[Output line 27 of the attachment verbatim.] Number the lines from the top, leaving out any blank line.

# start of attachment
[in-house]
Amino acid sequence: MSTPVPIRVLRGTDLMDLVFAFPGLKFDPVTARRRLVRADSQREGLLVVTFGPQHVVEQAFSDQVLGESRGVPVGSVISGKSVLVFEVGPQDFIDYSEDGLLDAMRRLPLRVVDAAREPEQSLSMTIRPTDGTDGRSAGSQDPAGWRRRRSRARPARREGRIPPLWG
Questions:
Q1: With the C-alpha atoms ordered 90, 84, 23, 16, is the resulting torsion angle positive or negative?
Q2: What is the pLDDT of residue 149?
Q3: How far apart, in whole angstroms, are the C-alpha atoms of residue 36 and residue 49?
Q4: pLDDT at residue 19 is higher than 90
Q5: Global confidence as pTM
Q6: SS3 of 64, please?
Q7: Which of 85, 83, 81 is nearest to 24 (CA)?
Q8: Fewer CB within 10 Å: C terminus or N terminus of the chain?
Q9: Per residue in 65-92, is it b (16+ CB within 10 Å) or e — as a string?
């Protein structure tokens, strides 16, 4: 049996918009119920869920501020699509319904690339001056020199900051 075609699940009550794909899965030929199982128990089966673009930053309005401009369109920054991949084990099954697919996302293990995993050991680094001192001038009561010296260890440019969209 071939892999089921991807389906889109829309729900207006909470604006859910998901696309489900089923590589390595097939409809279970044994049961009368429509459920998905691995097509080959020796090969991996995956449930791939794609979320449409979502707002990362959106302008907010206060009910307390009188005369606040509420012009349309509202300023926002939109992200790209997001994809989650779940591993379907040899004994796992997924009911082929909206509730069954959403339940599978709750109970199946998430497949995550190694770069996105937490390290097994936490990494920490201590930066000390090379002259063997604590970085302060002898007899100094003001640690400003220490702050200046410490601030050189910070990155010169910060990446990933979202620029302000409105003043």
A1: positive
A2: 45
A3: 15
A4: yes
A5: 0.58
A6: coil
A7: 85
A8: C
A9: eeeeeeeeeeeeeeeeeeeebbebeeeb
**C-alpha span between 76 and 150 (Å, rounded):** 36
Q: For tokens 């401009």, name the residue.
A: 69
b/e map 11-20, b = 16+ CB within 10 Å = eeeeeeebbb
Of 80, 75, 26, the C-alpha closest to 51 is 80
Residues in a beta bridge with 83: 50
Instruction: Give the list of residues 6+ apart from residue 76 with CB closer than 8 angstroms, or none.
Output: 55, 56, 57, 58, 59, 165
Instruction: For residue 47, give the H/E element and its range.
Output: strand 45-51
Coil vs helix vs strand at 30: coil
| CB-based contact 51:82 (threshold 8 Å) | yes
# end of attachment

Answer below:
Of 80, 75, 26, the C-alpha closest to 51 is 80